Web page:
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How to get more visibility through networking
Copyright ? 2006
The most effective form of advertising is also the oldest:
word-of-mouth. Bright ads and slick brochures don’t compare
to an informed recommendation (or warning!) from someone
trusted and respected by potential customers.
Word-of-mouth can be just as effective when the information
comes directly from you. By networking with colleagues,
allied businesses, and potential customers, people can
learn more about who you are and what you do. Networking is
also a great way to become more attuned to the issues that
affect your customers-their needs, concerns, and
preferences-giving you a better chance of being in that
proverbial “right place” at the right time.
Networking is no different than attending a social
gathering. In fact, it’s better because you already have
something in common with nearly everyone you meet. Of
course, you should never adopt a “who are you and what can
you do for me” attitude. Networking works best when
there’s no pressure to make a sale. Ask questions and
always listen. First impressions are important, but they
also can be enhanced or changed over time.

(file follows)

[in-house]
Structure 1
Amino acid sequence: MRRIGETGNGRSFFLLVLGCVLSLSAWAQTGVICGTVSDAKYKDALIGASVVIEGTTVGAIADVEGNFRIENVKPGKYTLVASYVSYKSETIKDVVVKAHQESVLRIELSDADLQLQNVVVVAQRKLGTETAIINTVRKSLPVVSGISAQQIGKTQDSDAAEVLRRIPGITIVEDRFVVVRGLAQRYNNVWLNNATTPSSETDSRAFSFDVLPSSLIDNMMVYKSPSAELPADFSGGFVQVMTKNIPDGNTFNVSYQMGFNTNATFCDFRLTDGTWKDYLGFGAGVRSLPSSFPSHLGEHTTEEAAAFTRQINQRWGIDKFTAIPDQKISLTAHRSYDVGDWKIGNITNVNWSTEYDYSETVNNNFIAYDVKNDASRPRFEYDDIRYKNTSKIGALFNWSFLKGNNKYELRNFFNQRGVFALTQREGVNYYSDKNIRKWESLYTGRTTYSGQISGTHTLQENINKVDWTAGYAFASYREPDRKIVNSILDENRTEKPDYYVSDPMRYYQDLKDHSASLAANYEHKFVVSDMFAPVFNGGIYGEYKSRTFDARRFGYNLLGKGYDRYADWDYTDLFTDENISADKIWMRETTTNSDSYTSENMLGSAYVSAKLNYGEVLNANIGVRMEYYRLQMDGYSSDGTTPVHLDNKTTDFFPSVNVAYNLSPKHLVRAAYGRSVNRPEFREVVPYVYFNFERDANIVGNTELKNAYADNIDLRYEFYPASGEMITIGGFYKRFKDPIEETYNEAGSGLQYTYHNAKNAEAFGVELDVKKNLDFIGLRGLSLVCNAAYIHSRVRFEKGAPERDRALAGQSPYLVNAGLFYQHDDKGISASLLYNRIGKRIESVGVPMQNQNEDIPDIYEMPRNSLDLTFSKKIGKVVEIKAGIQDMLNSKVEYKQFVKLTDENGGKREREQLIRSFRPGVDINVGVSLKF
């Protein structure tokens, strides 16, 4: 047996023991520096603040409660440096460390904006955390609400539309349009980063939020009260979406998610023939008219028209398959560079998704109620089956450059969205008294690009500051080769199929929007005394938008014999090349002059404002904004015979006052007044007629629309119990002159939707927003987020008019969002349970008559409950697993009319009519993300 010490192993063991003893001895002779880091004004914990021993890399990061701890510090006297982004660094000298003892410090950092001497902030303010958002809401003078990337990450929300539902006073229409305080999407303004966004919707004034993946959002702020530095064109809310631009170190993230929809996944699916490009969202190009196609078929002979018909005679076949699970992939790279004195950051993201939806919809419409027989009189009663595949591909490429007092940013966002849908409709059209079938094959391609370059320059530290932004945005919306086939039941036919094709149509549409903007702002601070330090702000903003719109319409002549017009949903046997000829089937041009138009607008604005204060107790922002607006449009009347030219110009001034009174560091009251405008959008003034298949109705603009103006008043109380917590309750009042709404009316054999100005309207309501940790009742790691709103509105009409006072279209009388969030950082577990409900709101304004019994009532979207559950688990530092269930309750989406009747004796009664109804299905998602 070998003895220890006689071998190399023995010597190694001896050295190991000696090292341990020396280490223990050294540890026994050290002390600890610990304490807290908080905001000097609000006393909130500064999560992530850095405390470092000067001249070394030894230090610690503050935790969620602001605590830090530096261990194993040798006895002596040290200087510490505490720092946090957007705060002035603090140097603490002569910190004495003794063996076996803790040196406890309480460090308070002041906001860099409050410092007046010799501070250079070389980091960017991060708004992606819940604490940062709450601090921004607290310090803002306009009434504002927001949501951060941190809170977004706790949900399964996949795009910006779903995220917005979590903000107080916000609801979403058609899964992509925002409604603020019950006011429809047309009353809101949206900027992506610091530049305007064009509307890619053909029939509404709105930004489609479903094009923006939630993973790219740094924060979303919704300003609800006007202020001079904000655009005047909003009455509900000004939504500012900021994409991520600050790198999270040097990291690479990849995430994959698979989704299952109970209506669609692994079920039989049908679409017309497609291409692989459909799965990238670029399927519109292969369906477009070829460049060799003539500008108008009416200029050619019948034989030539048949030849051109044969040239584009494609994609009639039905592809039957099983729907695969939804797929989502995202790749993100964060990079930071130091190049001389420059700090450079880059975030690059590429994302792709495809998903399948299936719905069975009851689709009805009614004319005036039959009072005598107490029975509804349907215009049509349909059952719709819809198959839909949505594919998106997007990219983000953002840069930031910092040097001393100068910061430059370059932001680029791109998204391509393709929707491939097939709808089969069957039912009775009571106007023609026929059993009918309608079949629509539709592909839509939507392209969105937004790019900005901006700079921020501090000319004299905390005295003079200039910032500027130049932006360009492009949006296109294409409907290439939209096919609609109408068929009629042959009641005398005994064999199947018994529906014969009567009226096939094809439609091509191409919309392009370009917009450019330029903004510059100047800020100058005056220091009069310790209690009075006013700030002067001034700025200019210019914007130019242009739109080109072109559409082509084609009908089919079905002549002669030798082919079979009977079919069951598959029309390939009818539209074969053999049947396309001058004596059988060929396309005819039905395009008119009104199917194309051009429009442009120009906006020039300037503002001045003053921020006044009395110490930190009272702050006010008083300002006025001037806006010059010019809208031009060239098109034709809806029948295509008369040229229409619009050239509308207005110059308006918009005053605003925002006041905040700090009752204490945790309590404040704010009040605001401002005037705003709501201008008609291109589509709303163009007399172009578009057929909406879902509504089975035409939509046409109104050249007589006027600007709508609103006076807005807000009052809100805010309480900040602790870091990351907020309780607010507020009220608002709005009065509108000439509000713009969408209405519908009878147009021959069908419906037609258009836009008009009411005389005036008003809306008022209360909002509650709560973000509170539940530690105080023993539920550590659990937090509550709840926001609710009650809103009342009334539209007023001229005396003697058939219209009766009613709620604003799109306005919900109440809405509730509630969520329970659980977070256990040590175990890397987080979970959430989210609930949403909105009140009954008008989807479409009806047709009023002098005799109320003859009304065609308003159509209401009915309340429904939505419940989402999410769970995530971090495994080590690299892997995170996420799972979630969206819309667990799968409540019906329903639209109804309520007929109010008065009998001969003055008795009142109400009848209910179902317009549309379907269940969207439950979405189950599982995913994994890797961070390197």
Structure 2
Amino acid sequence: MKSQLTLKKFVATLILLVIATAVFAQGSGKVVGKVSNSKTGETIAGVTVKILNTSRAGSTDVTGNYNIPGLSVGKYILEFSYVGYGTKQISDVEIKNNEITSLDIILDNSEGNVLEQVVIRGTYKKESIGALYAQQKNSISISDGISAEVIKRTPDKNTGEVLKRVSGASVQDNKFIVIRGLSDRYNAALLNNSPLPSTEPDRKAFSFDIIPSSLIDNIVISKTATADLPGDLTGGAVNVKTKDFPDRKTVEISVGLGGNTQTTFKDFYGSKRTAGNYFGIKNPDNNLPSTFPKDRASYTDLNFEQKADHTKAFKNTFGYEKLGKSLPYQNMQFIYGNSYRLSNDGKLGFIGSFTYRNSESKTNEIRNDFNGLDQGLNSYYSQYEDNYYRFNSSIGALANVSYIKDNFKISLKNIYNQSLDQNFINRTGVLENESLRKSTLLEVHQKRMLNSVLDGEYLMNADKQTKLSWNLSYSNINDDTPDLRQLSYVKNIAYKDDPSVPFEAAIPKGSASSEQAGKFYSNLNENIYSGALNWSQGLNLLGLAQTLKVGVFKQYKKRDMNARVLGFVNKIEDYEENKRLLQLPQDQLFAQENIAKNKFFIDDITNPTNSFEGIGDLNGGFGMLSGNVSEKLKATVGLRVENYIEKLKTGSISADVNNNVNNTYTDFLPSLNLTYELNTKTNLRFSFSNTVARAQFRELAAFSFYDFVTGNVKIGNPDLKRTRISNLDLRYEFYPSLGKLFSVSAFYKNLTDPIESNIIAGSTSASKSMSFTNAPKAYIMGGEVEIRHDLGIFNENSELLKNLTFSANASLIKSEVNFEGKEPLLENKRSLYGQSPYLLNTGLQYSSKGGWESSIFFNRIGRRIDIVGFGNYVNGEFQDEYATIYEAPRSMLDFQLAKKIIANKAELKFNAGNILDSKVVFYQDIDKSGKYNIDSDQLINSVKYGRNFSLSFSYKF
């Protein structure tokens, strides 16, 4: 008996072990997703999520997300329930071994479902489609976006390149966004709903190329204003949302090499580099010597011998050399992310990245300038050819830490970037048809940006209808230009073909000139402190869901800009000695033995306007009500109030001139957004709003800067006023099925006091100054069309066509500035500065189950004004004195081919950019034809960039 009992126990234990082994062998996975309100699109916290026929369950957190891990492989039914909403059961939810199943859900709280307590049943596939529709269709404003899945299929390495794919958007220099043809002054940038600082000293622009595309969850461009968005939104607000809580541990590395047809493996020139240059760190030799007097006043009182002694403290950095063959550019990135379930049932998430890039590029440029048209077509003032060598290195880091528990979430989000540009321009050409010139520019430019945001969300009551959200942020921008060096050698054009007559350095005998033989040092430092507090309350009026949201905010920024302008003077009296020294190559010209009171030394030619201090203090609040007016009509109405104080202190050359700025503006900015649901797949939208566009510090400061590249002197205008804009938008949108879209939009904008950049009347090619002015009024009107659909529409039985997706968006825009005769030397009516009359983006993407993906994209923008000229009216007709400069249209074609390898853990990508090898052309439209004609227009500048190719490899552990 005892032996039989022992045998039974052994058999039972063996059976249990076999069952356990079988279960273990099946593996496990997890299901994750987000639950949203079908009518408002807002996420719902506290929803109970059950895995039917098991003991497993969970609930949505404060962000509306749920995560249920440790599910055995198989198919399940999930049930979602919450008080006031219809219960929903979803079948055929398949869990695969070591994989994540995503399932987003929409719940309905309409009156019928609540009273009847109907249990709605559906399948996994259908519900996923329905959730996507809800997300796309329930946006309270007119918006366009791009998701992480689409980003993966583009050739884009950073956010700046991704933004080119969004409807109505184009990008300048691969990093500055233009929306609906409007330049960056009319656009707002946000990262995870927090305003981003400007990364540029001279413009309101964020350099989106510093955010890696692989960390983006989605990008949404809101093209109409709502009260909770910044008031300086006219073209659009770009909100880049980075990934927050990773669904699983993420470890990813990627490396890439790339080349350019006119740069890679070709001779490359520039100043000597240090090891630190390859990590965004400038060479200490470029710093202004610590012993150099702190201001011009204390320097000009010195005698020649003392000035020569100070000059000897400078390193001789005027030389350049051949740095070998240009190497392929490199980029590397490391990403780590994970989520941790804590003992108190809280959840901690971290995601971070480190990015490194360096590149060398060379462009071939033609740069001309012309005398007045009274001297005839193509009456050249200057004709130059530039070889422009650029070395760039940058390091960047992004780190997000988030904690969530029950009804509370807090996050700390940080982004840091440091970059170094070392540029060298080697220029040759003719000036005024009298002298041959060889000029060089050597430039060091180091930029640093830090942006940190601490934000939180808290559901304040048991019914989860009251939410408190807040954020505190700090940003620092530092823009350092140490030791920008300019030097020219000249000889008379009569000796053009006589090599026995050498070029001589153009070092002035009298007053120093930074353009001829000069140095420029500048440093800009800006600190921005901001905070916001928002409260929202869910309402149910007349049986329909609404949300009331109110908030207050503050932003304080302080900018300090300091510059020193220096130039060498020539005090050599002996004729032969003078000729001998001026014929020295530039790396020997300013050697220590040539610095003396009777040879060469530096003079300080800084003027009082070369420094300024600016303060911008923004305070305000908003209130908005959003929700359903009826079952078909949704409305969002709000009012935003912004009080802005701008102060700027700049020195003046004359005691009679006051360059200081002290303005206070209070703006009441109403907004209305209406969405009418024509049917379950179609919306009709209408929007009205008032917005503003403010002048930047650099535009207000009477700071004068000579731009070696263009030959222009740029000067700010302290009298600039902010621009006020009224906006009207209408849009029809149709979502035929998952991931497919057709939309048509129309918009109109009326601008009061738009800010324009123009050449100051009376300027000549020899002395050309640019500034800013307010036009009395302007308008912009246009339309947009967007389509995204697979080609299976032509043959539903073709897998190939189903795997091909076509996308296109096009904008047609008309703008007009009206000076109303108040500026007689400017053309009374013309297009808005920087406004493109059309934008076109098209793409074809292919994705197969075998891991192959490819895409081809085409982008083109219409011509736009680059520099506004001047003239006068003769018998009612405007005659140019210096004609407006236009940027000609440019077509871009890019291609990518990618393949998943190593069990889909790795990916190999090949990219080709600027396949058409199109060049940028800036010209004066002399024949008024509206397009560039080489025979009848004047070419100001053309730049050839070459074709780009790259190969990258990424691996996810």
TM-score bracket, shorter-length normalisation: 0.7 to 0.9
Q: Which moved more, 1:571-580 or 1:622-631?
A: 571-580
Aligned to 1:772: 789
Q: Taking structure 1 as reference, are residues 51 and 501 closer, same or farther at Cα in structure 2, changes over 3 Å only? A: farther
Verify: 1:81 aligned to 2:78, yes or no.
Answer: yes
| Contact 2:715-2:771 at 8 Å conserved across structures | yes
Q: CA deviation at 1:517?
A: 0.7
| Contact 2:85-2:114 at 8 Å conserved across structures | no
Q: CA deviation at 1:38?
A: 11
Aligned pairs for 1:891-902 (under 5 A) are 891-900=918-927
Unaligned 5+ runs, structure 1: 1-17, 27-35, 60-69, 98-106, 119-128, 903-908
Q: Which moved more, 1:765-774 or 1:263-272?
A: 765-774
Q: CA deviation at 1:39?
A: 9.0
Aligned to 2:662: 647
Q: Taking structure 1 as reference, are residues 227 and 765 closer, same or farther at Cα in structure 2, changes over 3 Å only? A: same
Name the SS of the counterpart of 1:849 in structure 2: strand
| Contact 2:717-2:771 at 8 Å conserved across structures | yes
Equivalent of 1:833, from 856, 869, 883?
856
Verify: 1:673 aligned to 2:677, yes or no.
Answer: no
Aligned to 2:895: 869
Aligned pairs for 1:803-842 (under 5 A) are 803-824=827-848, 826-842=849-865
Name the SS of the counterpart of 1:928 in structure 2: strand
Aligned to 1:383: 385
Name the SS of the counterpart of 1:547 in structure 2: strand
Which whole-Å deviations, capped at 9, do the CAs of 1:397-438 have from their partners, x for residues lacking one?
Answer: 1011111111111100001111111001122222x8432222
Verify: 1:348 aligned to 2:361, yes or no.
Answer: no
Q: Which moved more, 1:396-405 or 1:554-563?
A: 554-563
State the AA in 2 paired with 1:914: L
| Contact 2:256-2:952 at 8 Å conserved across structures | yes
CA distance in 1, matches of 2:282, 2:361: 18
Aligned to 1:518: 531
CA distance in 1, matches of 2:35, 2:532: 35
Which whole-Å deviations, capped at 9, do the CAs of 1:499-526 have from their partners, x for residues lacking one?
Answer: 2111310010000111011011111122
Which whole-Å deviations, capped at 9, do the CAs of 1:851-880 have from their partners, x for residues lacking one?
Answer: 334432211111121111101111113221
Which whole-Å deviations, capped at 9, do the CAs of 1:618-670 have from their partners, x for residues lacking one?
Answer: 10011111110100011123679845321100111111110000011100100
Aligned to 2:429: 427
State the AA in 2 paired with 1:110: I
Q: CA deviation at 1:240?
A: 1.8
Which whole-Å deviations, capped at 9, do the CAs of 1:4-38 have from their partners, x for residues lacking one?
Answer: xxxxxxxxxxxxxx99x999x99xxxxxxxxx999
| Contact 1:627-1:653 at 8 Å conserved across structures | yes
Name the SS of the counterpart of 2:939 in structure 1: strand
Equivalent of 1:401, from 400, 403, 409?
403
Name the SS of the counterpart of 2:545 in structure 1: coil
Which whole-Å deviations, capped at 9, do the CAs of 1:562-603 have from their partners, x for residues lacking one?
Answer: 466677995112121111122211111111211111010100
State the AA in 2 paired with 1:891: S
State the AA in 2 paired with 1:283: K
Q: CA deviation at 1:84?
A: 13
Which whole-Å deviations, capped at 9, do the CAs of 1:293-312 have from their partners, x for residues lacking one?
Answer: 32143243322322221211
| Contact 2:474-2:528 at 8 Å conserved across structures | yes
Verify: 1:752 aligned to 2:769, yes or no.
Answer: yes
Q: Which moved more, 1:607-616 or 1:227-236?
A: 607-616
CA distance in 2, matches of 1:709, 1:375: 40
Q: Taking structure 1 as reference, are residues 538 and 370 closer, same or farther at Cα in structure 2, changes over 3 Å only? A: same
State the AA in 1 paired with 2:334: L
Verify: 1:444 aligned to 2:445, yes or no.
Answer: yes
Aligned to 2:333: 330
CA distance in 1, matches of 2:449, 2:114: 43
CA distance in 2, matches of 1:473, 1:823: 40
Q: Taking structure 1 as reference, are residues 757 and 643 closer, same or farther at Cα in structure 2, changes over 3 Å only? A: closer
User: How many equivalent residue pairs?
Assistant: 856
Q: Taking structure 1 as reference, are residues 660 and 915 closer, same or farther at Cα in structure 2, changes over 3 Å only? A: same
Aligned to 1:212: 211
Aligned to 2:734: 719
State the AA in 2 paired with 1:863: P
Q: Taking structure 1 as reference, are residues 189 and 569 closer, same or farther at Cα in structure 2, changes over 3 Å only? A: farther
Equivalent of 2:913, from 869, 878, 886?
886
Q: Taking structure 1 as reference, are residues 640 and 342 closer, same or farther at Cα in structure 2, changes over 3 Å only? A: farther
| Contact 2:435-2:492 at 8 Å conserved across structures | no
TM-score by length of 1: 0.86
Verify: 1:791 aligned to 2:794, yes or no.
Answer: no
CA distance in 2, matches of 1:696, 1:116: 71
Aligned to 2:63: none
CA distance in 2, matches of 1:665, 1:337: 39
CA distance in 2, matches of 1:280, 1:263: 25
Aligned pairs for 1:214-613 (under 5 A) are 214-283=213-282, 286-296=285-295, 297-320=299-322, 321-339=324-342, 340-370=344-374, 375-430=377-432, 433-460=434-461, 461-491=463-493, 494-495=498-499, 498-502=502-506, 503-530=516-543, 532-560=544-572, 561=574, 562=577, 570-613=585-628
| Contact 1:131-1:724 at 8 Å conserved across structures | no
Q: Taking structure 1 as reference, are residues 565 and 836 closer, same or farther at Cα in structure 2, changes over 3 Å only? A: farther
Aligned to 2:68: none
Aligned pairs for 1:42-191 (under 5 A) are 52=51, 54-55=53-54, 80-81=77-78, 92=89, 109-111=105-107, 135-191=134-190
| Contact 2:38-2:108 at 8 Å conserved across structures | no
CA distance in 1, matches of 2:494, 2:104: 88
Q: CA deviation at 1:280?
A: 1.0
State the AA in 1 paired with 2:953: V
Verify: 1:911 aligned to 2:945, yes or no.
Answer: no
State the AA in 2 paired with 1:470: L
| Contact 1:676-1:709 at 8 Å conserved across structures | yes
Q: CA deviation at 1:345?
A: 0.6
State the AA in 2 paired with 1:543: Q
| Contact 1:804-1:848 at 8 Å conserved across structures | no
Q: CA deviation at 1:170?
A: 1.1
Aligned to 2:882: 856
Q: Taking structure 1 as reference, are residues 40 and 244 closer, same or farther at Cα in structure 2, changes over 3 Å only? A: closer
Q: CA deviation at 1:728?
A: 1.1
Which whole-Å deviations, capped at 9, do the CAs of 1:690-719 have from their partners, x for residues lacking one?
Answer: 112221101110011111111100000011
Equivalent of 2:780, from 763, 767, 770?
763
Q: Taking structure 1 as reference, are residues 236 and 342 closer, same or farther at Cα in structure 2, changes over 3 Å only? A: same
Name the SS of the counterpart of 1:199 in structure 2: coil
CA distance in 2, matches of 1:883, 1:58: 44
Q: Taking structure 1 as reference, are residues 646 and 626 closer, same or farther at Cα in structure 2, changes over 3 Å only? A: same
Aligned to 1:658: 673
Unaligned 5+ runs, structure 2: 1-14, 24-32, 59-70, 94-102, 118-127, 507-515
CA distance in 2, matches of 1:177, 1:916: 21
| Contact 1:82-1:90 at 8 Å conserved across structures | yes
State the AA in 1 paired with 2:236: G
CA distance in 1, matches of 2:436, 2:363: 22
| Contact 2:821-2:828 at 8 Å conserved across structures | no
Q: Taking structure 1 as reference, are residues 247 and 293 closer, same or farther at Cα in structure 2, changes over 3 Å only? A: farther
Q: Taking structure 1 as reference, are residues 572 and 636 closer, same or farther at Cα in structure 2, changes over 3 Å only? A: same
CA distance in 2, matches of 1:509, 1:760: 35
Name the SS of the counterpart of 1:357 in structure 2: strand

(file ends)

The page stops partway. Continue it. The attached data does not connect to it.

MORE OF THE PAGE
To begin building your business network, consider the
Professional societies. Nearly every type of business has a
national association that represents their members’
interests; most have local chapters with regular meetings
and activities. Along with providing a great source of
contacts, professional societies offer volunteer
opportunities where you can demonstrate your initiative,
cooperative spirit, and leadership qualities.
Customers’ professional societies. If you really want to
know what your customers are thinking, get involved in
organizations that represent their interests. Do some
research before you sign up, however. Some groups may have
restrictions on membership, while others may have fees
that exceed your expected returns. On the other hand, many
groups may encourage businesses such as yours to advertise
in their publications or participate in special programs.
Chambers of Commerce/Business Roundtables. These groups
offer valuable exposure within a particular community or
region. While other members may not be in your target
market, they can provide valuable leads and referrals
(there’s that word-of-mouth advertising again!). Many also
provide opportunities for small businesses to “show their
stuff” via trade fairs, demonstrations, and media features.
Community service organizations. This is a great way to
combine a personal interest with your business. Many
groups may have a need for your type of service, giving the
opportunity to do pro bono work in return for free
visibility. What’s more, your fellow volunteers may also
be potential customers.